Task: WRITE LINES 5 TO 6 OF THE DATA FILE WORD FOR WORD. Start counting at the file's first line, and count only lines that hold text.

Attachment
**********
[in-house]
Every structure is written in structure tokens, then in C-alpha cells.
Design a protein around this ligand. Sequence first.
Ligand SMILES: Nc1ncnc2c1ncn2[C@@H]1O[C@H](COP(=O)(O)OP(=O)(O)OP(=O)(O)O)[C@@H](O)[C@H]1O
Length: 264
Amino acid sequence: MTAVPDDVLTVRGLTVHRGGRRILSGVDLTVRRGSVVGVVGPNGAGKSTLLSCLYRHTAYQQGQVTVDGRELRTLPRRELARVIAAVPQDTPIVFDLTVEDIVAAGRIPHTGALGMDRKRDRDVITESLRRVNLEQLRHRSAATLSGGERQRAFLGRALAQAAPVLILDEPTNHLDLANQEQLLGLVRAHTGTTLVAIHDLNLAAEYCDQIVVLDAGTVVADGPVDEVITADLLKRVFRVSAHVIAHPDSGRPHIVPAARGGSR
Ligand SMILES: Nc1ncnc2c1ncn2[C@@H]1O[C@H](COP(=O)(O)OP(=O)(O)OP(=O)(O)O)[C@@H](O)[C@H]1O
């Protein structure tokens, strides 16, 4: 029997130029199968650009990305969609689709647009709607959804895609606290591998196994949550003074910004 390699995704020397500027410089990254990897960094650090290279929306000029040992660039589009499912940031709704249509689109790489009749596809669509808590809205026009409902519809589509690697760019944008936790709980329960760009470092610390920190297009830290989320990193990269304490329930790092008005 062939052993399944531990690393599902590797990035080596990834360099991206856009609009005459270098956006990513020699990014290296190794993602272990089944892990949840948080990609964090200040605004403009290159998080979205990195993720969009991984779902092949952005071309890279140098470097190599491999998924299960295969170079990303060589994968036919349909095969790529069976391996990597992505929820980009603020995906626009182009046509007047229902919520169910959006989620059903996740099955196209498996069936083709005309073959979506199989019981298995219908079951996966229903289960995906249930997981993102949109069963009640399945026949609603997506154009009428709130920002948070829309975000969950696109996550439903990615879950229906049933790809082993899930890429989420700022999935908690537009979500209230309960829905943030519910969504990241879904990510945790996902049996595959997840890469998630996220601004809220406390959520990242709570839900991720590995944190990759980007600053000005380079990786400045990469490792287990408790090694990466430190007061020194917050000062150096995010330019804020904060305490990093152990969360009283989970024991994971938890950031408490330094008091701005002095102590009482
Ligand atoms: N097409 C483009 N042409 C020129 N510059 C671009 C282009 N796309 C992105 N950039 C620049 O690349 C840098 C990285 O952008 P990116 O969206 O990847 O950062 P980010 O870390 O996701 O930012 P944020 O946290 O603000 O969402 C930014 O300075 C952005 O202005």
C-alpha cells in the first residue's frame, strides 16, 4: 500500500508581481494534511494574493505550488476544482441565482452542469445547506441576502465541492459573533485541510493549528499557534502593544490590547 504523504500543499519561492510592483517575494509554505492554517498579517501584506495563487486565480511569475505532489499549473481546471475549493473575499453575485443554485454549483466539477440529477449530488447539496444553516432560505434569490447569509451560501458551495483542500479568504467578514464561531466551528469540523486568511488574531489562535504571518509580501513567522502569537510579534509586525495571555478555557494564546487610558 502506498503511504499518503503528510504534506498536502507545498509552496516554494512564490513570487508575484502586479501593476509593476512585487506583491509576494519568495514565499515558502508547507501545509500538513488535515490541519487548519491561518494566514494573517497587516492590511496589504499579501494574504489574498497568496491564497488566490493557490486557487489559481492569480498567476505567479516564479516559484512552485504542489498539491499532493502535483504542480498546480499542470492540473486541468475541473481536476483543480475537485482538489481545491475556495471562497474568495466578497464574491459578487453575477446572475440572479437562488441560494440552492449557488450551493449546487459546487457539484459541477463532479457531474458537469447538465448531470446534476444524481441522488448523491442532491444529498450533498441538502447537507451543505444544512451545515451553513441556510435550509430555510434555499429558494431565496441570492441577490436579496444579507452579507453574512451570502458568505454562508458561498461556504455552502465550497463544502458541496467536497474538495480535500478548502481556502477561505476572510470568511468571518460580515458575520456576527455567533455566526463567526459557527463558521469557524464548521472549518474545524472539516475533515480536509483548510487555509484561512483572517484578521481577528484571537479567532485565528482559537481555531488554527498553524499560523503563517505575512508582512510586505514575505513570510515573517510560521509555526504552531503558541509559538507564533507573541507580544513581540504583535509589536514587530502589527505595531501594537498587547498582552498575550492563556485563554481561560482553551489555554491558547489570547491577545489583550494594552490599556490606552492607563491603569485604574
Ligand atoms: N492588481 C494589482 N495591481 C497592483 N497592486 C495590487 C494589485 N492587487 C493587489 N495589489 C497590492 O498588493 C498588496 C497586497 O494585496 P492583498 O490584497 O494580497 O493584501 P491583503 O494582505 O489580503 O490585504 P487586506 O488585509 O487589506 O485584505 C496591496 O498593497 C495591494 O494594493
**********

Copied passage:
Length: 264
Amino acid sequence: MTAVPDDVLTVRGLTVHRGGRRILSGVDLTVRRGSVVGVVGPNGAGKSTLLSCLYRHTAYQQGQVTVDGRELRTLPRRELARVIAAVPQDTPIVFDLTVEDIVAAGRIPHTGALGMDRKRDRDVITESLRRVNLEQLRHRSAATLSGGERQRAFLGRALAQAAPVLILDEPTNHLDLANQEQLLGLVRAHTGTTLVAIHDLNLAAEYCDQIVVLDAGTVVADGPVDEVITADLLKRVFRVSAHVIAHPDSGRPHIVPAARGGSR